Knotty Games for Good Dogs


CEO Olivia and her Knotty Toy

Hello all, CEO Olivia reporting. Spring is still several weeks away at the Knotty Toys for Good Dogs International Headquarters. The snow has been so deep this year that our outside playtime has been very limited. Luckily, my pack lives in a house full of toys.

It’s important that your good dog gets plenty of physical exercise but it’s equally important for it to work it’s brain too. Boredom can lead to OCD & other “unwanted” behaviors. A canine couch potato is just as bad as the human one.

Our Knotty Toys for Good Dogs are an excellent choice for boredom busting fun. My huMom intended our toys to be interactive. Yes, they are gurrreat for just chewing, which is pawsome for teeth & gums, but they are also wooftastic for playing games with humans.

Hide & Seek. Hide your good dog’s Knotty Toy & then ask them to find it. Trust me, the wonderful smell of raw hemp will guide your good dog to the hiding spot. When they do, make a big deal out of it.  The first few times make it easy until they understand the game, then slowly make the search more challenging. Always reward with positive reinforcement be it a quick tug game or a treat. Always praise your good dog & show lots of enthusiasm. We need to know your having fun.

Fetch. Playing fetch is always fun, especially if there is a reward for returning the toy. Sometimes a game of fetch can turn into a game of tug of war. Just for fun, I don’t always release the toy upon fetching it. I like to make my huMom do some work, she’s bored with winter too. BOL!

Tug of war. This is a favorite game for all good dogs, especially puppies. Our wild ancestors played it. It helps develop our muscles & it seems to be an instinctual impulse for us to pull. Any of my Knotty Toys can be used for this game but I recommend one of our Knotty Chaw-Chaws.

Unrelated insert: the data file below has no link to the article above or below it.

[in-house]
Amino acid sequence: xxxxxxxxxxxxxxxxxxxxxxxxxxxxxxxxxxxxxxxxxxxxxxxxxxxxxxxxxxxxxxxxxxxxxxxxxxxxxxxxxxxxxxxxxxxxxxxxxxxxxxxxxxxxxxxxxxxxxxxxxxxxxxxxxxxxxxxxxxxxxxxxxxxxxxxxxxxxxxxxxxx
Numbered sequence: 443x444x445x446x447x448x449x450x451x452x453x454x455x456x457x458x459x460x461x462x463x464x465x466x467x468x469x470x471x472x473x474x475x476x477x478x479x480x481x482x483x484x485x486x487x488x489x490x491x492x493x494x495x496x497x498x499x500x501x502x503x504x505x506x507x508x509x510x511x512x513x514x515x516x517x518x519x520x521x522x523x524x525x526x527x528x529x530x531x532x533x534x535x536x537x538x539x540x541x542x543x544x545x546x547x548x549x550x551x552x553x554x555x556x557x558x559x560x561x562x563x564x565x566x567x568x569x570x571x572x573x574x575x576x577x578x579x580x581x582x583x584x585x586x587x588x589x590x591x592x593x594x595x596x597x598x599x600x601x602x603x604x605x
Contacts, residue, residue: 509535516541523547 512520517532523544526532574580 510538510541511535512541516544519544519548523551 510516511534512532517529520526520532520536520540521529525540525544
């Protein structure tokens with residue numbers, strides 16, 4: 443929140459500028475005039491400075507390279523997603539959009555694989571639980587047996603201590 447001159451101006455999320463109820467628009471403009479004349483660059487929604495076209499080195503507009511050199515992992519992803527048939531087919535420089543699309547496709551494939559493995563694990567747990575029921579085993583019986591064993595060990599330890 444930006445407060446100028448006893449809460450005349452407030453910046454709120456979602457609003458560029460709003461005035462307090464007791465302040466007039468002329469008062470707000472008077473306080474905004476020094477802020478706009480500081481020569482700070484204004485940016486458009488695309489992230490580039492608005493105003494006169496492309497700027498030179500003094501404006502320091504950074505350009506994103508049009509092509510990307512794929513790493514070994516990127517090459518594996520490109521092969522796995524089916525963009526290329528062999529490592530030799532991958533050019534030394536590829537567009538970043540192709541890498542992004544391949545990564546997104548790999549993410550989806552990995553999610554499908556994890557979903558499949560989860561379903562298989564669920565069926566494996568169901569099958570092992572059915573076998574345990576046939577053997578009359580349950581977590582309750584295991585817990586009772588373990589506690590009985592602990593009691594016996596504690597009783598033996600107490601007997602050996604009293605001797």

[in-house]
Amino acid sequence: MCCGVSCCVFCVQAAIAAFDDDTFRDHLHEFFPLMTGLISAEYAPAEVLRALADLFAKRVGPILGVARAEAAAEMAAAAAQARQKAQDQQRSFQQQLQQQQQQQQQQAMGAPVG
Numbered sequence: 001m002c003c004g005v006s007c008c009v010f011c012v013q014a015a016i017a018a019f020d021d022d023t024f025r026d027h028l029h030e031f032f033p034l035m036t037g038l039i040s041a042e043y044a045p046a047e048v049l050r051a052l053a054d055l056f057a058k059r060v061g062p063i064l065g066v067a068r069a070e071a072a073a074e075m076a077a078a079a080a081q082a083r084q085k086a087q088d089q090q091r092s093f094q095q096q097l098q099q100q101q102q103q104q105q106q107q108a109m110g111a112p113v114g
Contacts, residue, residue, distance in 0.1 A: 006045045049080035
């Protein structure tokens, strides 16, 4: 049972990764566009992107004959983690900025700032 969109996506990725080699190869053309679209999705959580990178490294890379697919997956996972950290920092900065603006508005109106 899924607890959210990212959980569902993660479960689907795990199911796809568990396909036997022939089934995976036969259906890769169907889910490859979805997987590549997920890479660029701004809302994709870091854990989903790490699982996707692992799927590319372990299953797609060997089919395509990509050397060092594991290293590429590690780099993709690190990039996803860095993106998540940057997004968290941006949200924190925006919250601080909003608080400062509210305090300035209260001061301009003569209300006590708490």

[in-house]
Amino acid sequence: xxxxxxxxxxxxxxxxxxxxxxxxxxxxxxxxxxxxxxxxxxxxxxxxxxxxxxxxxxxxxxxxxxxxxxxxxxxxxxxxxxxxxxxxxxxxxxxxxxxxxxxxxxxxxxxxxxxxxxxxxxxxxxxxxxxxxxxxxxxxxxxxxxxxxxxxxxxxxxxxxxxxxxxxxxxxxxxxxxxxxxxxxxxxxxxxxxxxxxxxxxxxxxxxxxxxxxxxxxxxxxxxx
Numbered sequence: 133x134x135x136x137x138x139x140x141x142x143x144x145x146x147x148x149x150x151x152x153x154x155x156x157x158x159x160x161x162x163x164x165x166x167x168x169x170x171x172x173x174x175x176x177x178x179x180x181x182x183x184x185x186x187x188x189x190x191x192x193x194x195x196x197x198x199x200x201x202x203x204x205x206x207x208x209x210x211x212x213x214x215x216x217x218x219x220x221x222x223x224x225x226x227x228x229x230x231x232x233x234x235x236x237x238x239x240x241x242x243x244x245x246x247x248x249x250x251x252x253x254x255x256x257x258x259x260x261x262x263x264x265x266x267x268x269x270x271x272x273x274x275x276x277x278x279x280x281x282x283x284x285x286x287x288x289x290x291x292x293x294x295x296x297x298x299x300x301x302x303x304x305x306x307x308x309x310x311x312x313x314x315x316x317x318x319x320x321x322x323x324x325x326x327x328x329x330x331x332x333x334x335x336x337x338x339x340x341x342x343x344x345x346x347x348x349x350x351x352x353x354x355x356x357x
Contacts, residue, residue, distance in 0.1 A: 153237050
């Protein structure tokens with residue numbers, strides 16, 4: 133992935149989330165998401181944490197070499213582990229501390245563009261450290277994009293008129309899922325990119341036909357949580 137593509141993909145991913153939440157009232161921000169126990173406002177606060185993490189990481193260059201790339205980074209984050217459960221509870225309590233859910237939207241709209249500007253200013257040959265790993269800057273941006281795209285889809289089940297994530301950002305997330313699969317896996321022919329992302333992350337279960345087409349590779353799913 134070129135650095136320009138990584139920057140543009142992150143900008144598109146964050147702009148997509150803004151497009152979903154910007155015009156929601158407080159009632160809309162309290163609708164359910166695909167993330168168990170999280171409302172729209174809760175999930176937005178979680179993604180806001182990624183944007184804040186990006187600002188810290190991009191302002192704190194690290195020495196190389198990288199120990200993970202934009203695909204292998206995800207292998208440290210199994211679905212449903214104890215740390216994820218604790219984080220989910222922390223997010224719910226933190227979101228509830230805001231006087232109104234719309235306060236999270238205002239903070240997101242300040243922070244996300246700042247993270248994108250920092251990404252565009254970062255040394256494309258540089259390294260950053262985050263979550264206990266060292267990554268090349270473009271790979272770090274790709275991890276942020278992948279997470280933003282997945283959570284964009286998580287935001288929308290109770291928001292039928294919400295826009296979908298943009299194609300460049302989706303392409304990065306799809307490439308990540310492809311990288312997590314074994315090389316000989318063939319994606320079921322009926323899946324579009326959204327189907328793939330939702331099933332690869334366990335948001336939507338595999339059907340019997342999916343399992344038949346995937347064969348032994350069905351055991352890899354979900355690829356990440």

The bottom line is, just like humans, good dogs need mental stimulation & regular exercise. Which reminds me, I believe I have a 3 o’clock Knotty Chaw Chaw scheduled with huMom.

CEO Olivia

Why Don’t You Promote Your Products More? ~ Now You Know


Hello everyone. CEO Olivia here. Recently I was complemented on my blog. But also a good question was asked, “Why don’t you promote your products more?” I’ll try to answer that.

For those who have followed my blog you know that we focus a lot on canine health; especially canine epilepsy awareness. We do this because I live with canine epilepsy & I sincerely want to offer help & guidance to others who live with this disease. On my Facebook page my huMom & I have connected with many, many families who also live with canine epilepsy. We are constantly learning new things which we share here.

Knotty Toys For Good Dogs came into being because my huMom believes all good dogs deserve a healthy all natural toy, free of synthetics, dyes & chemicals. I personally need such toys due to my epilepsy. Hemp was chosen because it is chemical free. Our Knotty Toys are made from hemp grown in Hungary & Romania. We buy our rope “raw” so it remains rough & smelling wooftastic. It’s great for cleaning teeth while you chew.

To answer the question, I guess we want to be something more than just another dog toy company. It’s important to us to be socially conscious & be able to offer help & support so that all good dogs are healthy, happy & loved. So that’s why we don’t just talk about how wooftastic our toys are. Now you know.

Knotty Toys for Good Dogs. The healthy, all natural alternative to synthetic or chemically treated toys.

CEO Olivia



What do good dogs see? Now You Know


My huMom has informed me that many dog toys are brightly colored. In fact the most popular colors for dog toys today are red or safety orange (the bright orange red on traffic cones or safety vests). However red is difficult for us dogs to see because we dogs don’t see color’s like humans do. So what do we see?

We do see colors, but they aren’t  as vibrant as what you see. Also we dogs don’t see as much of the color spectrum as you. The eyes of both humans & dogs contain light catching cells called cones that respond to color. Humans have three types of cones but we dogs only have two.

Good dogs see the colors of the world as basically yellow, blue & gray. We see the colors green, yellow & orange as yellowish, & we see violet & blue as blue. Blue-green is seen as a gray.

So that brightly colored toy might have caught your eye in the store but your good dog may have difficulty seeing it. Personally speaking, I’ve never had any problem seeing my Knotty Gnaw, just saying.

CEO Olivia